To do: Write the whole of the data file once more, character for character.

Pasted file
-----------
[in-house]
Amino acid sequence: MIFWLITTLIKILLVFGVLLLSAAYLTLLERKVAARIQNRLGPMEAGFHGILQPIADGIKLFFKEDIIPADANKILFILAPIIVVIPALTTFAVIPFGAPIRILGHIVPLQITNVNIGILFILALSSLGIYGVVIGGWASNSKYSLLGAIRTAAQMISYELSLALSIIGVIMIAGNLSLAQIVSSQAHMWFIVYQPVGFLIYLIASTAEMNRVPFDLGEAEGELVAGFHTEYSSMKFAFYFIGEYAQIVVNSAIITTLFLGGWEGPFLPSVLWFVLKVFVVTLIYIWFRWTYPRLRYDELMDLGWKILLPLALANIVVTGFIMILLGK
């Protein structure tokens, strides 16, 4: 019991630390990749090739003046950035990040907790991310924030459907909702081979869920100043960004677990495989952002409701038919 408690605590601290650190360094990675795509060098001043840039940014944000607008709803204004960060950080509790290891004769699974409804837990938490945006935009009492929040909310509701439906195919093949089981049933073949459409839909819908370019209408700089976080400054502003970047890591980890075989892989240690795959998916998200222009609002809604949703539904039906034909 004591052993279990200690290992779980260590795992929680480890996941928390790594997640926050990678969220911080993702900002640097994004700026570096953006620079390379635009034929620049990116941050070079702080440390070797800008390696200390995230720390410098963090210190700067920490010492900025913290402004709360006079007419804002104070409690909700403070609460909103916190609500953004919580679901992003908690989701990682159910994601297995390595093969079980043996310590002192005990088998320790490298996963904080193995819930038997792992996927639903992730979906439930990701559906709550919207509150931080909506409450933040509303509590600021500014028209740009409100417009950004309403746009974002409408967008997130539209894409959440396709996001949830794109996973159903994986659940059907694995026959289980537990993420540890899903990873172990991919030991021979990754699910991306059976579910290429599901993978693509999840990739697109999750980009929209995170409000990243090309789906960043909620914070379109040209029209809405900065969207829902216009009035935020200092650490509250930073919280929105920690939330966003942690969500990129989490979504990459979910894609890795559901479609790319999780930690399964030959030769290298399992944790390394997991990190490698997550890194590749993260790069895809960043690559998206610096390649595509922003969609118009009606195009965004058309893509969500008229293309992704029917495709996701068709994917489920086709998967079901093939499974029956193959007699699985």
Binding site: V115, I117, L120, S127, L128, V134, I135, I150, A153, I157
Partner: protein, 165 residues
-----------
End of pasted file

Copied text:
[in-house]
Amino acid sequence: MIFWLITTLIKILLVFGVLLLSAAYLTLLERKVAARIQNRLGPMEAGFHGILQPIADGIKLFFKEDIIPADANKILFILAPIIVVIPALTTFAVIPFGAPIRILGHIVPLQITNVNIGILFILALSSLGIYGVVIGGWASNSKYSLLGAIRTAAQMISYELSLALSIIGVIMIAGNLSLAQIVSSQAHMWFIVYQPVGFLIYLIASTAEMNRVPFDLGEAEGELVAGFHTEYSSMKFAFYFIGEYAQIVVNSAIITTLFLGGWEGPFLPSVLWFVLKVFVVTLIYIWFRWTYPRLRYDELMDLGWKILLPLALANIVVTGFIMILLGK
């Protein structure tokens, strides 16, 4: 019991630390990749090739003046950035990040907790991310924030459907909702081979869920100043960004677990495989952002409701038919 408690605590601290650190360094990675795509060098001043840039940014944000607008709803204004960060950080509790290891004769699974409804837990938490945006935009009492929040909310509701439906195919093949089981049933073949459409839909819908370019209408700089976080400054502003970047890591980890075989892989240690795959998916998200222009609002809604949703539904039906034909 004591052993279990200690290992779980260590795992929680480890996941928390790594997640926050990678969220911080993702900002640097994004700026570096953006620079390379635009034929620049990116941050070079702080440390070797800008390696200390995230720390410098963090210190700067920490010492900025913290402004709360006079007419804002104070409690909700403070609460909103916190609500953004919580679901992003908690989701990682159910994601297995390595093969079980043996310590002192005990088998320790490298996963904080193995819930038997792992996927639903992730979906439930990701559906709550919207509150931080909506409450933040509303509590600021500014028209740009409100417009950004309403746009974002409408967008997130539209894409959440396709996001949830794109996973159903994986659940059907694995026959289980537990993420540890899903990873172990991919030991021979990754699910991306059976579910290429599901993978693509999840990739697109999750980009929209995170409000990243090309789906960043909620914070379109040209029209809405900065969207829902216009009035935020200092650490509250930073919280929105920690939330966003942690969500990129989490979504990459979910894609890795559901479609790319999780930690399964030959030769290298399992944790390394997991990190490698997550890194590749993260790069895809960043690559998206610096390649595509922003969609118009009606195009965004058309893509969500008229293309992704029917495709996701068709994917489920086709998967079901093939499974029956193959007699699985």
Binding site: V115, I117, L120, S127, L128, V134, I135, I150, A153, I157
Partner: protein, 165 residues